Surgical treatment of obstructive sleep apnea depends on determining where blockage of breathing is occurring during sleep, whether in the Nasal, Palate, or Tongue Regions that I outline on my main website: sleep-doctor.com. Often an individual will have more than one of these Regions involved, leading to my recommendation of a combination of surgical procedures. One of the most common questions I receive is whether a more-limited approach would be successful in treating sleep apnea, particularly surgery focused only on the nose.
Why should someone with sleep apnea consider nasal surgery?
There are 3 reasons to undergo nasal surgery (after an unsuccessful trial of medications) if someone has obstructive sleep apnea:
- Improving nasal obstruction broadly
- Improving nasal obstruction during the night so that other treatments such as positive airway pressure therapy (for example, CPAP) and oral appliances will work better
- To improve sleep apnea with surgery as a primary treatment
There are many studies showing that nasal surgery–whether of the nasal septum, turbinates, sinuses, or the outside of the nose–can improve nasal obstruction and other related problems. In addition, improving nasal obstruction is one of the few things that has been shown to improve results of treatment with positive airway pressure therapy, and my experience is that it can do the same for oral appliances.
So what about nasal surgery as treatment of sleep apnea by itself?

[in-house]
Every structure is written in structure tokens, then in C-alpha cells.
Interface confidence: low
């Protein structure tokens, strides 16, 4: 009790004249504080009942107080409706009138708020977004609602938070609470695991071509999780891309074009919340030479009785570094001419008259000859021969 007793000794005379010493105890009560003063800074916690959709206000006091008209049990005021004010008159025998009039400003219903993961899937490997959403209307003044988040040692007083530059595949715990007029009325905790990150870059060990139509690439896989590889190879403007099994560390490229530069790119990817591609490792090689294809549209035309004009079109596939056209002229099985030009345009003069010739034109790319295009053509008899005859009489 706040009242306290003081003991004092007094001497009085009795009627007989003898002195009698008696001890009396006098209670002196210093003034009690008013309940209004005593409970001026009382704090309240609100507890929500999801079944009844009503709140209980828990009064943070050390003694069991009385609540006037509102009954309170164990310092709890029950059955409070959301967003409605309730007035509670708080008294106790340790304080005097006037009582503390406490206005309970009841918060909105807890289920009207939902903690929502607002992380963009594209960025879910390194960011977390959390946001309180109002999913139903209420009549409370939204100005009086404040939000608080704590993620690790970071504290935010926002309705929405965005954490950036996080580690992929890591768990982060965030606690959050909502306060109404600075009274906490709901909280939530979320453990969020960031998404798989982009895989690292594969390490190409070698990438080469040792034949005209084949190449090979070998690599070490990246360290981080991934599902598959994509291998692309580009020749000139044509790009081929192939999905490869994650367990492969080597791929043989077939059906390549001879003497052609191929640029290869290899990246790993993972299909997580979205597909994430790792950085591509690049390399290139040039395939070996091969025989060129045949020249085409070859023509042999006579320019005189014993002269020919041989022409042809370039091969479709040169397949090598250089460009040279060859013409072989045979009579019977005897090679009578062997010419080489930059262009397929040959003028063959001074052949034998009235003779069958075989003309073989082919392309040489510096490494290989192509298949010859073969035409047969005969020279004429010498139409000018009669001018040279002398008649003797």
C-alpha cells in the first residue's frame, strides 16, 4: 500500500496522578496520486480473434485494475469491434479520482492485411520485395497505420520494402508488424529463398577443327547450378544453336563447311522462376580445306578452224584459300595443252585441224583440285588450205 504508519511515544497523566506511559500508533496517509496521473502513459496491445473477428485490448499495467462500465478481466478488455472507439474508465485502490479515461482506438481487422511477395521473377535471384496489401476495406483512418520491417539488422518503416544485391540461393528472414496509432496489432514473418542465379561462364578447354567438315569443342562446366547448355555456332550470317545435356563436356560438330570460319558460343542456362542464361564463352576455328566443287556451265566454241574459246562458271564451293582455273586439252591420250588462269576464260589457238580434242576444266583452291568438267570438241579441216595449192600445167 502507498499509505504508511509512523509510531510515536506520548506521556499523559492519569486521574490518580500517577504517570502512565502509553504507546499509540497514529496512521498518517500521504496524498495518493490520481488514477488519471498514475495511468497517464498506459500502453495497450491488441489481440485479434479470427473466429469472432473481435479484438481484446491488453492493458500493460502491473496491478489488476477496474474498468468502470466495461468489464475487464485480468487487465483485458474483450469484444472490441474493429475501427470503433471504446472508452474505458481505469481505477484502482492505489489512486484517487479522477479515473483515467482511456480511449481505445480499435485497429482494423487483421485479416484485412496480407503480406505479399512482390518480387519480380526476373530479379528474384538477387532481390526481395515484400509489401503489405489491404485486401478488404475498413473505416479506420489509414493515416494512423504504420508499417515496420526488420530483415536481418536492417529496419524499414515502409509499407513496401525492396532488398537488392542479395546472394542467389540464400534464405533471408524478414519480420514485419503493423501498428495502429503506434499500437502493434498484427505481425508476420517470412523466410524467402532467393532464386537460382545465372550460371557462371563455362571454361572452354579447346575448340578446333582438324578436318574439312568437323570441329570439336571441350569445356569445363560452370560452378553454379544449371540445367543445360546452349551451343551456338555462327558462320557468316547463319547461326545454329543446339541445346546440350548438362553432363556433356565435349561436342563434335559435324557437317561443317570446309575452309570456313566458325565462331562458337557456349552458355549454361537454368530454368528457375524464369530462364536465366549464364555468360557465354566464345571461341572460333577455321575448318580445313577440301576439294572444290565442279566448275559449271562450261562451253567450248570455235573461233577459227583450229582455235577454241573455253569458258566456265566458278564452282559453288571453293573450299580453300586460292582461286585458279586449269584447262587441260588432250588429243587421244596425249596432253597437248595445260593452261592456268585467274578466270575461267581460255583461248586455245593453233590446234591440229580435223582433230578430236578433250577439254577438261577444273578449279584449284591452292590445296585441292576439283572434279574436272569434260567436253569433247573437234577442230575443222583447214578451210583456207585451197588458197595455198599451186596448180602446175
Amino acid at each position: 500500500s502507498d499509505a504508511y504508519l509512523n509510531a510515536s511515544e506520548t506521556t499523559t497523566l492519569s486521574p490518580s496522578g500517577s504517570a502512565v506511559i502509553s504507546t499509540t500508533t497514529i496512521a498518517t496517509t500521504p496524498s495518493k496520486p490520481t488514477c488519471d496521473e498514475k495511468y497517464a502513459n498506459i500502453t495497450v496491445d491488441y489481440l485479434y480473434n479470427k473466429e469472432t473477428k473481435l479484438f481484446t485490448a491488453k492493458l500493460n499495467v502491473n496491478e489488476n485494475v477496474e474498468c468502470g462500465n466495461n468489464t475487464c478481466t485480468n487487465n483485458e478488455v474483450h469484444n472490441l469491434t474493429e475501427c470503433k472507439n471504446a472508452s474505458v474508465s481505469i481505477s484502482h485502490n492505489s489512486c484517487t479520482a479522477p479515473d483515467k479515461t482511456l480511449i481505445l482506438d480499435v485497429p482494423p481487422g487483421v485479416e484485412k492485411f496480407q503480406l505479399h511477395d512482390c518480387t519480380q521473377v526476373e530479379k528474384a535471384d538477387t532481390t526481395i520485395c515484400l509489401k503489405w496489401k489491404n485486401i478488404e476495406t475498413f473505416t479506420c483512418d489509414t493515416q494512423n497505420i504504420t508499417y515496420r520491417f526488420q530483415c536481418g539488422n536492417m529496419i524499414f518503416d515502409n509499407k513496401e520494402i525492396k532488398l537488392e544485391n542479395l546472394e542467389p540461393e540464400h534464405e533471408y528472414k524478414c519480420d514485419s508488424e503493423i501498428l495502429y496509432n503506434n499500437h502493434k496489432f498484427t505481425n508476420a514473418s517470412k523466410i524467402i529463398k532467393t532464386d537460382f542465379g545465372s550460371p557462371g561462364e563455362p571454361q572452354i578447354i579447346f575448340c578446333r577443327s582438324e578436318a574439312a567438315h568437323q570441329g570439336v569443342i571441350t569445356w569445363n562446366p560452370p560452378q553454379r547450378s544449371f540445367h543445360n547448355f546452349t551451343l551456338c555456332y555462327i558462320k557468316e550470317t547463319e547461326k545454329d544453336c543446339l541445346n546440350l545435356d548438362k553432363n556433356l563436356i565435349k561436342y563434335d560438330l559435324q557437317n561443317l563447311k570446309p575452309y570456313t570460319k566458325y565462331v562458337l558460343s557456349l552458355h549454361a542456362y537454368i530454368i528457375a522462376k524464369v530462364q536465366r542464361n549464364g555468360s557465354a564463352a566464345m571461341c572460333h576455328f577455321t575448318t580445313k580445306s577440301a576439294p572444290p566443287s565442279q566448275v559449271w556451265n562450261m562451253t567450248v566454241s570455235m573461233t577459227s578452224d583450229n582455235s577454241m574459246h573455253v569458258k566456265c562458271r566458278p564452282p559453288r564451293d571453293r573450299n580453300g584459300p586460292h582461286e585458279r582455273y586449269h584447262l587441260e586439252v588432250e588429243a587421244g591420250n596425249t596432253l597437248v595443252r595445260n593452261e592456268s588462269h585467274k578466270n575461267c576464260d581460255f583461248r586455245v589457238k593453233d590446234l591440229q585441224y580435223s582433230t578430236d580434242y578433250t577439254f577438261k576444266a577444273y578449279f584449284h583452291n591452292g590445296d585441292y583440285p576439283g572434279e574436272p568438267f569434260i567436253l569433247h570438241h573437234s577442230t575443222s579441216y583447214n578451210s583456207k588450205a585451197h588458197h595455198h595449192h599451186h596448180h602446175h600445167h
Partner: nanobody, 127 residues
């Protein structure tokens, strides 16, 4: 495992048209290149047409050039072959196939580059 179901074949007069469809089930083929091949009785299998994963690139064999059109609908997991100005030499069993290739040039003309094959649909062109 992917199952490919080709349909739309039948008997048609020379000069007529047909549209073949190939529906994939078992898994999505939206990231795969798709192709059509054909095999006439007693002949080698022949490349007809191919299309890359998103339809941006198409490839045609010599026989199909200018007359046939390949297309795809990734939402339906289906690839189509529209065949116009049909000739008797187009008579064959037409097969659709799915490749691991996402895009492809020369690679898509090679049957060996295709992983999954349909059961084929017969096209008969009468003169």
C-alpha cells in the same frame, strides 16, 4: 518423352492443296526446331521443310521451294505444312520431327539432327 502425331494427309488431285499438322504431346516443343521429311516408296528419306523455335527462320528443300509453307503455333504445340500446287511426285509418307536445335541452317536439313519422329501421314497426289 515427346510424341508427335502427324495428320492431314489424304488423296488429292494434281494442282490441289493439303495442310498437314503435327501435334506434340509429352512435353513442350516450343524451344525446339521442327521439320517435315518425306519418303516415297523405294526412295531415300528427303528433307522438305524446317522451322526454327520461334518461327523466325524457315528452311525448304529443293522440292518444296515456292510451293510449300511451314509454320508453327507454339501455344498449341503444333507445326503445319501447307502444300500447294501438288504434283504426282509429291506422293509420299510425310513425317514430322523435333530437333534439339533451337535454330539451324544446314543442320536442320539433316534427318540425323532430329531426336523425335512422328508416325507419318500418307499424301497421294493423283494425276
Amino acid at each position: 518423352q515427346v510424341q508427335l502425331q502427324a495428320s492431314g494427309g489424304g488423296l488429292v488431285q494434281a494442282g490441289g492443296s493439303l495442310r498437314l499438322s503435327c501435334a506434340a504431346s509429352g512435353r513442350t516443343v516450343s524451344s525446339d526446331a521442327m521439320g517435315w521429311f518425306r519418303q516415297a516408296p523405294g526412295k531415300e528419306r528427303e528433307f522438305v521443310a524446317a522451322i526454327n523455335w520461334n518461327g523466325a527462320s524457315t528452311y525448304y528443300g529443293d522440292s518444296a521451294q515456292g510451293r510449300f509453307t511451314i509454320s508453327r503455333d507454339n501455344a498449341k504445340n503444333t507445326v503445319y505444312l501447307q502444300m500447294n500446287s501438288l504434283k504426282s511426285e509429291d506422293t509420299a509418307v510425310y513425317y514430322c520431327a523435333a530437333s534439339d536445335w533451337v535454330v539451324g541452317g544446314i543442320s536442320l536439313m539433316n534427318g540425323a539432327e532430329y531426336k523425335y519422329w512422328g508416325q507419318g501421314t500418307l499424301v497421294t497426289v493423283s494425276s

Likewise, there are many studies evaluating the impact of nasal surgery by itself in the treatment of sleep apnea. However, many of the studies are fairly small, leading to challenges in drawing clear conclusions. This type of research evidence lends itself well to the technique of meta-analysis, the scientific combination of results of many studies into one larger study. The September 2015 issue of Otolaryngology–Head and Neck Surgery includes a published meta-analysis on this topic. In short, the study showed that nasal surgery can improve important symptoms such as sleepiness and a measure of sleep apnea called the respiratory disturbance index (capturing incomplete blockage of breathing that is enough to wake up someone from sleep) but does not generally achieve a significant improvement in the apnea-hypopnea index that measures more-substantial blockage of breathing. For anyone interested in hearing more, the journal has posted a podcast concerning the meta-analysis and the perspectives from Dr. Lisa Ishii (lead author) and me.
What do I tell my patients?
When it comes to nasal surgery alone for sleep apnea, the impact likely depends on a number of factors:
- severity of nasal obstruction and the improvement that occurs after treatment (bigger improvements make a bigger difference)
- the degree of sleep apnea (mild obstructive sleep apnea has a better chance of clearing up than does moderate to severe sleep apnea)
- unhelpful changes in breathing patterns caused by nasal obstruction, such as mouth breathing
- any other obvious sources of blockage of breathing that are not treated with nasal surgery
However, I have no crystal ball. Based on a personalized approach to shared decisionmaking with patients, even when the chances of clearing up sleep apnea are low, sometimes I will treat nasal breathing as a first step and reevaluate before proceeding with additional procedures. Sometimes we are all surprised by how much benefit we see after nasal surgery.